|Title:||Native American Dress|
|Date/Era/Period:||Late 19th to early 20th century|
|Description:||Beaded Buckskin Dress|
|Condition:||Couple of beads missing. A few small holes in buckskin.|
|Origin:||Passed down through father. In the family for many years|
|Appraised By:||Richard Schlom|
|History Of The Item:||See appraiser comment section below for complete details.|
|Appraiser Tips:||If you intend to sell the property I strongly suggest not attempting to sell it yourself on ebay - but to sell it through an auction house with experience dealing with this type of property.
If you handle the dress be careful because if the hide is brittle it will crack and you will continue to lose beads.
DON'T make any attempts to recondition or soften the hide (leather) this will only diminish its value.
October 5, 2004
Dear Sir or Madam:
A Classic Plains Indians (Sioux) Beaded and Fringed Hide Women’s Dress,
Late 19th to early 20th century
WOW! I haven’t appraised one of these in a while.
The market for Native American Indian property is very strong right now with prices realized generally exceeding auction estimates. It is my opinion this dress would do the same.
The values stated below are from a fairly recent Sotheby’s Auction estimate for a somewhat similar dress – although no two are ever the same.
The Plains Indians lived in the area from the Mississippi River to the Rocky Mountains and from Canada to Mexico. The most important tribes were the Sioux, Blackfoot, Cheyenne, Crow, Kiowa, and Comanche. The plains area was hotter than 100 degrees in the summer, and could drop to 40 degrees below zero with heavy snows in the winter. The region was so dry that when it rained it often flooded. The rolling land was covered with grassland and a few mountains. The Black Hills was high and steep. Few Indians lived on the Great Plains before white men brought the horse in the 1600’s.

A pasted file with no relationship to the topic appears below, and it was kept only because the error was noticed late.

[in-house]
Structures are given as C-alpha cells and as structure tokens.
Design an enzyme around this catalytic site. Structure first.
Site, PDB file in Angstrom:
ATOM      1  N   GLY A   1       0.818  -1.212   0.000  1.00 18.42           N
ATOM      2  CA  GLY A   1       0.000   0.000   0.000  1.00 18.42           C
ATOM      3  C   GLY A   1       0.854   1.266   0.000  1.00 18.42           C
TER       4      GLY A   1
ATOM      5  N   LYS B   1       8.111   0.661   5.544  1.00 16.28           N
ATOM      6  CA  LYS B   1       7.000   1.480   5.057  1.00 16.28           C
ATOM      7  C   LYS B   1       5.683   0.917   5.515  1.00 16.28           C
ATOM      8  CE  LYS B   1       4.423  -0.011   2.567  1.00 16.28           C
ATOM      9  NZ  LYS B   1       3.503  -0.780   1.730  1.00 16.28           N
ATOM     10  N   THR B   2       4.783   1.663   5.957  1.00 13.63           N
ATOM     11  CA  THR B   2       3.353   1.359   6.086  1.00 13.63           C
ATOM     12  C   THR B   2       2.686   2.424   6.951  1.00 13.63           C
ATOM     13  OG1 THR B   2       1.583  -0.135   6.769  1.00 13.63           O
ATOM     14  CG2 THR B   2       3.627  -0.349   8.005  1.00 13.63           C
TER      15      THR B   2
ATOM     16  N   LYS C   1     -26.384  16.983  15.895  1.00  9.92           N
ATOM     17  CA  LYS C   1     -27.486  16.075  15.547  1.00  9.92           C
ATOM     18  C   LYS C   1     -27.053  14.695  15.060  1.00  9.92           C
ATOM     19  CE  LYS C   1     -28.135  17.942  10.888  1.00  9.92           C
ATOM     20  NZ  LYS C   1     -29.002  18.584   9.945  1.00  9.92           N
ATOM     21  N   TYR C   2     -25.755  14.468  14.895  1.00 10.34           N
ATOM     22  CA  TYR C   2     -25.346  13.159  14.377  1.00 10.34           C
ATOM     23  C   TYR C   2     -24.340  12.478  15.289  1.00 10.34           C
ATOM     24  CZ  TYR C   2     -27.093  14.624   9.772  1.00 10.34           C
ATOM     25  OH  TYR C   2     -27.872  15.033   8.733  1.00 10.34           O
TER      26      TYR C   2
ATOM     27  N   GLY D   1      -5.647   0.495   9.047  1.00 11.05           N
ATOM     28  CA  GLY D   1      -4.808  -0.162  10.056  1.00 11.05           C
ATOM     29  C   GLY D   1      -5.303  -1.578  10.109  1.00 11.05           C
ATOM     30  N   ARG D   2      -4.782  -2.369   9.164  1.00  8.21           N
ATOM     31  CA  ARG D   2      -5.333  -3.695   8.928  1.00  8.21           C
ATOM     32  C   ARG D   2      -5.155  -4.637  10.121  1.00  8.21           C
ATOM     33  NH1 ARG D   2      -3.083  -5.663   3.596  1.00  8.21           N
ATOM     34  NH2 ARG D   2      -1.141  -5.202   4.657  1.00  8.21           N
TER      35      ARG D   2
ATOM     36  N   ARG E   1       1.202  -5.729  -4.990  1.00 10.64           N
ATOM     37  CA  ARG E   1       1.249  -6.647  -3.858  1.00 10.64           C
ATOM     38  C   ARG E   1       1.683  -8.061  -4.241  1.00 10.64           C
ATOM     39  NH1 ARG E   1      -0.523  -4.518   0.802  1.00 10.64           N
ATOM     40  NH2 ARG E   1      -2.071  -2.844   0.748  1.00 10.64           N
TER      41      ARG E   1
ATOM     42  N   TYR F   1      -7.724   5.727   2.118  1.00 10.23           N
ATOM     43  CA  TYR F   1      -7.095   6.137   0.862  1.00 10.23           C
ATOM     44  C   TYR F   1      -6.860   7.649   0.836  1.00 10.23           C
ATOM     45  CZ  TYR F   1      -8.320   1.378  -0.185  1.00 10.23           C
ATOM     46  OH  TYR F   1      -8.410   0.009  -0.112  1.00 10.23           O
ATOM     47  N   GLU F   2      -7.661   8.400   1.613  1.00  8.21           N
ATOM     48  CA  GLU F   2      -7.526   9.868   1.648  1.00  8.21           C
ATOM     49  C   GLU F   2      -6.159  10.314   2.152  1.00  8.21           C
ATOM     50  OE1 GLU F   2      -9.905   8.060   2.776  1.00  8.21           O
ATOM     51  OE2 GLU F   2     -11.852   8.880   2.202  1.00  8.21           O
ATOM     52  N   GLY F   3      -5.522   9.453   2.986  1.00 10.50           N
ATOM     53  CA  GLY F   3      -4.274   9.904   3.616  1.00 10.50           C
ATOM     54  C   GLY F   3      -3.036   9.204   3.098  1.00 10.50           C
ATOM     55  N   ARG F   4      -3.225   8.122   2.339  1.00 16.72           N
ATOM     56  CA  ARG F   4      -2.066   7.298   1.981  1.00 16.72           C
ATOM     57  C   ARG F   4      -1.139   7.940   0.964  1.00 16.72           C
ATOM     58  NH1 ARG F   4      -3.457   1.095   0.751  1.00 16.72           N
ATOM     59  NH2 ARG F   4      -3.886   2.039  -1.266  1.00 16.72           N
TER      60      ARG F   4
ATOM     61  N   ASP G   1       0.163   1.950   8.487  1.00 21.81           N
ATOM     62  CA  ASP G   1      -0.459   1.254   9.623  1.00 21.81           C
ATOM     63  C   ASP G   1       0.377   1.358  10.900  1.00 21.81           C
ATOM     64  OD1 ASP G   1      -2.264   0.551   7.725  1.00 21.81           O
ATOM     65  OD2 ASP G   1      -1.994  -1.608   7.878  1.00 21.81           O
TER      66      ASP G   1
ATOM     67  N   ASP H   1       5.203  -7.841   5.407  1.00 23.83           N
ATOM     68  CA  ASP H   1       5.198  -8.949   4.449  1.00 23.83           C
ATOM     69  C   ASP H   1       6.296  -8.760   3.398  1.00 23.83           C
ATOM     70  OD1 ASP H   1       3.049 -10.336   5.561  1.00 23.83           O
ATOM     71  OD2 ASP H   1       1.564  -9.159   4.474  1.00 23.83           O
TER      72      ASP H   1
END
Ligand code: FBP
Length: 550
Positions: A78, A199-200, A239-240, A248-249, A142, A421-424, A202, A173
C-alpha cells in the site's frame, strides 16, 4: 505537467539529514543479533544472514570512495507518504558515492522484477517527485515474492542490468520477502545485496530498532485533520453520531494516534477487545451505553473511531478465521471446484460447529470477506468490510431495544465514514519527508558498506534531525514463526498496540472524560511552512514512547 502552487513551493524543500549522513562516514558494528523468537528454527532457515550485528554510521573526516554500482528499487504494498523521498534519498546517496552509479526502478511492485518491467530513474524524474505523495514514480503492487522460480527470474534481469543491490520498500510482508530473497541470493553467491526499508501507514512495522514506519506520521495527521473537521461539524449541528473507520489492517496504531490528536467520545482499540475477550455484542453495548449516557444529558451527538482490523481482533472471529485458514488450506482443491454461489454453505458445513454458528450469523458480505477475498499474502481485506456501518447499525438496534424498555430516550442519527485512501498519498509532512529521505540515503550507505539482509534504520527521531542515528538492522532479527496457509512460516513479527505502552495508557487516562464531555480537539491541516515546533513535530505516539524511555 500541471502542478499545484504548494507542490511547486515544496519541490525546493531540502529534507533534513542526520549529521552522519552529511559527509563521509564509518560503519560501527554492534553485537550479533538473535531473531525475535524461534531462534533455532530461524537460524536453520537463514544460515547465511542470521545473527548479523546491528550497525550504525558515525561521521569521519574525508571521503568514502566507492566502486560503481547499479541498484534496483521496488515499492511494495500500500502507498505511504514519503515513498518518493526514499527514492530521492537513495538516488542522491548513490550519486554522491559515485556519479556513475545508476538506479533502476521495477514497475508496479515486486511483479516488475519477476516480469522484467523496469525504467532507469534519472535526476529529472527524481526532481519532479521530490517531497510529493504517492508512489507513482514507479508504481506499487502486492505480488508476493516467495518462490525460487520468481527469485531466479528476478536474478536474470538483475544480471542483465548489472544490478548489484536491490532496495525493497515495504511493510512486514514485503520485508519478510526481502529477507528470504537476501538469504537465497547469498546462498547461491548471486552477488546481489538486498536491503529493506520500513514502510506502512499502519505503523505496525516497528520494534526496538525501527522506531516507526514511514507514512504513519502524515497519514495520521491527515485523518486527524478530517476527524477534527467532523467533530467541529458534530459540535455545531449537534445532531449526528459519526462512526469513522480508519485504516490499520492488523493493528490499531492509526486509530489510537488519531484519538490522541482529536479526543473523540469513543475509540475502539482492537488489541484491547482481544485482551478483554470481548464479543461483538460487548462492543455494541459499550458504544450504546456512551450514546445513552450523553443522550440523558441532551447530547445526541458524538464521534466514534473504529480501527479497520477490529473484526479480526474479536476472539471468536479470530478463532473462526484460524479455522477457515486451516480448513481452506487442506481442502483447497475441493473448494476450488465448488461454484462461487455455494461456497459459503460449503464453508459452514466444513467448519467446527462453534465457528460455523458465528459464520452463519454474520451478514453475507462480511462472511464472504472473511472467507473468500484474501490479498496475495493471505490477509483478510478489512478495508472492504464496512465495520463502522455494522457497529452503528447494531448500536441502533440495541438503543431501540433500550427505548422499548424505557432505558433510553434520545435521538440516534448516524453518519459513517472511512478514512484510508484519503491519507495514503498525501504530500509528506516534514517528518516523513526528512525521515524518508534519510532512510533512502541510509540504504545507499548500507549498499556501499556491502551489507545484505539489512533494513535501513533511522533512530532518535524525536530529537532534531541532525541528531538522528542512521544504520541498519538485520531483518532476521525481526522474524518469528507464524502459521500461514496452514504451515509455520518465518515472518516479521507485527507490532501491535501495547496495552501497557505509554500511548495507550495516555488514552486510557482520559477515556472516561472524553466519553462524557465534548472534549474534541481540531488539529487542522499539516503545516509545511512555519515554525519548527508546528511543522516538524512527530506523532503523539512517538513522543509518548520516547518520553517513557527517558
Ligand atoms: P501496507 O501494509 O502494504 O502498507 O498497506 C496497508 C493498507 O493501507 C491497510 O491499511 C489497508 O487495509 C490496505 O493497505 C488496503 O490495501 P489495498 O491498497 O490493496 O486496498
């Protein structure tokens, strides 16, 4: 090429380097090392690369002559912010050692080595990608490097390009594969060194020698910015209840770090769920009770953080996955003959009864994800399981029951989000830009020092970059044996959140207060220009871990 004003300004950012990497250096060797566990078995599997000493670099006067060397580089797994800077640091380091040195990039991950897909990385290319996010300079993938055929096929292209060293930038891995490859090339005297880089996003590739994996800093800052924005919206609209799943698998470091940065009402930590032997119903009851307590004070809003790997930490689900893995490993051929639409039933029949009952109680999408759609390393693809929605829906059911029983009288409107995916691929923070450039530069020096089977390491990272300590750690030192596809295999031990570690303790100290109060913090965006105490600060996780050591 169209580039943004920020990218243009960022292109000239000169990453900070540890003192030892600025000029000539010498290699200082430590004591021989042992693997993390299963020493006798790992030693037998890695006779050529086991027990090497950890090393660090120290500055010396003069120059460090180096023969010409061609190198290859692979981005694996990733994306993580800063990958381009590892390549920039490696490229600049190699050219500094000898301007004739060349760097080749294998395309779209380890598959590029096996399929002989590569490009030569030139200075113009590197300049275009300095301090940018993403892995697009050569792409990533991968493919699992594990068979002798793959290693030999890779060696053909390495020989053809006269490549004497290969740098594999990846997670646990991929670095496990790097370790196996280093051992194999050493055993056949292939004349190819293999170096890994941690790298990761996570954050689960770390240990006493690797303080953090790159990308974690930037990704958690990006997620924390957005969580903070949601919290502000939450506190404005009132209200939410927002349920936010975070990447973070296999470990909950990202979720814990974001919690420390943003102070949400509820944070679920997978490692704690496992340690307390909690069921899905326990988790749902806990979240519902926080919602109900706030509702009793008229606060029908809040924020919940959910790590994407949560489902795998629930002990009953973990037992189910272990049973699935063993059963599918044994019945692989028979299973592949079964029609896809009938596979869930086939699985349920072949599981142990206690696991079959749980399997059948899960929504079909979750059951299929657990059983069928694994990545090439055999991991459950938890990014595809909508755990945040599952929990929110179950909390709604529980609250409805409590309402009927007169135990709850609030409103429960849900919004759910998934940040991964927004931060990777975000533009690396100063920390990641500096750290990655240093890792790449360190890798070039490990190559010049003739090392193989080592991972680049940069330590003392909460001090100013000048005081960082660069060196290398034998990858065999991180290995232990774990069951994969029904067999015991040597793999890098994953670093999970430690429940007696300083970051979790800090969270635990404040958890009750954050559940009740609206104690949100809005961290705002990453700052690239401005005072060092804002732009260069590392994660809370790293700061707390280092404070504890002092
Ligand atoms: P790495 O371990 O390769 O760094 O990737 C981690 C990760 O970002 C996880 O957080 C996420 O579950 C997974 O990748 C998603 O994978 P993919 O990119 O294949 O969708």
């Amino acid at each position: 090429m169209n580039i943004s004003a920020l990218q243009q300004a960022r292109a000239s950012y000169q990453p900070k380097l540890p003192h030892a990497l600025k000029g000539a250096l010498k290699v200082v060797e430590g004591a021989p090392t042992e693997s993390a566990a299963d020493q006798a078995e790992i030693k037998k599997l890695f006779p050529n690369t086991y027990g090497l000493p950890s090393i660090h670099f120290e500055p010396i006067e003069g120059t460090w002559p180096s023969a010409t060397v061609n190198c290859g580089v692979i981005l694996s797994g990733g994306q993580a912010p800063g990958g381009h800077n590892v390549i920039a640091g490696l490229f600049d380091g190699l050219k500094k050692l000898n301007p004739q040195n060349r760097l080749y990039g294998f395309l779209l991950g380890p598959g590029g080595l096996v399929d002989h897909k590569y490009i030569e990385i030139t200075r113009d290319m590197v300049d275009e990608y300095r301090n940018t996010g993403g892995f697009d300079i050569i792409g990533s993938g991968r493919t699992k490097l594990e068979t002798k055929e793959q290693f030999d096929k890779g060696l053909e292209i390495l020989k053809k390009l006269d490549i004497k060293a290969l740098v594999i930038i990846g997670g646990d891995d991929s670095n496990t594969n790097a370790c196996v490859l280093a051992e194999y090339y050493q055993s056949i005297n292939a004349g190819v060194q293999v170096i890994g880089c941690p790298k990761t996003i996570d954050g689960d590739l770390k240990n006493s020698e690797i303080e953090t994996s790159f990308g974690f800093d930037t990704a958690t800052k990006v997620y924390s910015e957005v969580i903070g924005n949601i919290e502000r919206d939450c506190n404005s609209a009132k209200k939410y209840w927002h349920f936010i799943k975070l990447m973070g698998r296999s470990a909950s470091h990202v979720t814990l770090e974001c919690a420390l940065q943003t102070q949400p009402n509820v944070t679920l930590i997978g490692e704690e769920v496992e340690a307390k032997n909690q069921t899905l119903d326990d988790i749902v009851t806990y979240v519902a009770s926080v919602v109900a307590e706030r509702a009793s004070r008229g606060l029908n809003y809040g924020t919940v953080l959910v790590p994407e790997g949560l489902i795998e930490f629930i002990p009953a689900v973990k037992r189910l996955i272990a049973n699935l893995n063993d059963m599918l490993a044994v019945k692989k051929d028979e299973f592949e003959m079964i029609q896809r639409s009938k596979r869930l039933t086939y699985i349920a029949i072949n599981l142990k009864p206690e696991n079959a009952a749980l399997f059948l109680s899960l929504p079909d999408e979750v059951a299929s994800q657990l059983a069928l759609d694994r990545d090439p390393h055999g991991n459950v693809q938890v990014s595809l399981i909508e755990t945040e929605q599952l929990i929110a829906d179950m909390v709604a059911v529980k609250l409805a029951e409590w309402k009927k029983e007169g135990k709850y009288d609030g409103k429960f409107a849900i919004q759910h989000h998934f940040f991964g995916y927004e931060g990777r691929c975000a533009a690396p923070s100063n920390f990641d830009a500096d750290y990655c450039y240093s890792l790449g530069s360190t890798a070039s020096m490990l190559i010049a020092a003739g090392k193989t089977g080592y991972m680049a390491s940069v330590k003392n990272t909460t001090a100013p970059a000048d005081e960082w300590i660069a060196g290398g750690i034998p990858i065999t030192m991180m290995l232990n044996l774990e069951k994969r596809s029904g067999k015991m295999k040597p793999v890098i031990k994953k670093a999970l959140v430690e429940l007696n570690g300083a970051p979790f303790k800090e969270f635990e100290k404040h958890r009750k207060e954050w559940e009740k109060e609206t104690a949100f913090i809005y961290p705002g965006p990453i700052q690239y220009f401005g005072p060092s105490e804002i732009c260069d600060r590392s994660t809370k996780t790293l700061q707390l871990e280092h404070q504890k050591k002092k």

The women made their clothing from buffalo hides and deerskin. Boys wore nothing until the age of 10 then they began wearing breechclouts. A breechclout was a deerskin stretched between the legs and fastened to by a leather belt in the back and the front. In cold weather the men put on robes and high boots made from buffalo hides. The young girls wore breechclouts. When they reached adolescence they began wearing loosely fitting, long-sleeved dresses stitched together with deerskin and decorated with fringe, beads, and small pieces of metal.
Both men and women painted their bodies, faces, and scalps with brightly colored paints made from clay and juices of berries and fruits. The men pierced their ears. Men wore their hair long and separated it into two braids that were decorated with strips of fur, leather, or a single feather. The women cut their hair much shorter than the men.
This is an online appraisal report prepared on and with the above-indicated effective date. This appraisal has been conducted on the client’s behalf at the request of whatsitworthtoyou.com herein after called the appraisal management company who forwarded me information provided by the client regarding the property that is the subject of this appraisal report. Use of this appraisal report is subject to the Terms of Service as listed on the www.whatsitworthtoyou.com web site.
By agreement between the appraisal management company and the client, the scope-of-work for this appraisal assignment has been limited to providing an estimate of market value for the function of contemplated sale or purchase, or personal planning including insurance. This appraisal is invalid if used for any other purpose. This is a restricted-use appraisal report that can be used only by the client and no one else. The appraiser’s opinions and conclusions set forth in this report cannot be understood properly by anyone other than the client without additional information in the appraiser’s work file. Due to the requirement for anonymity, this appraiser is unaware of the identity of the client, but assumes the client to be a private party.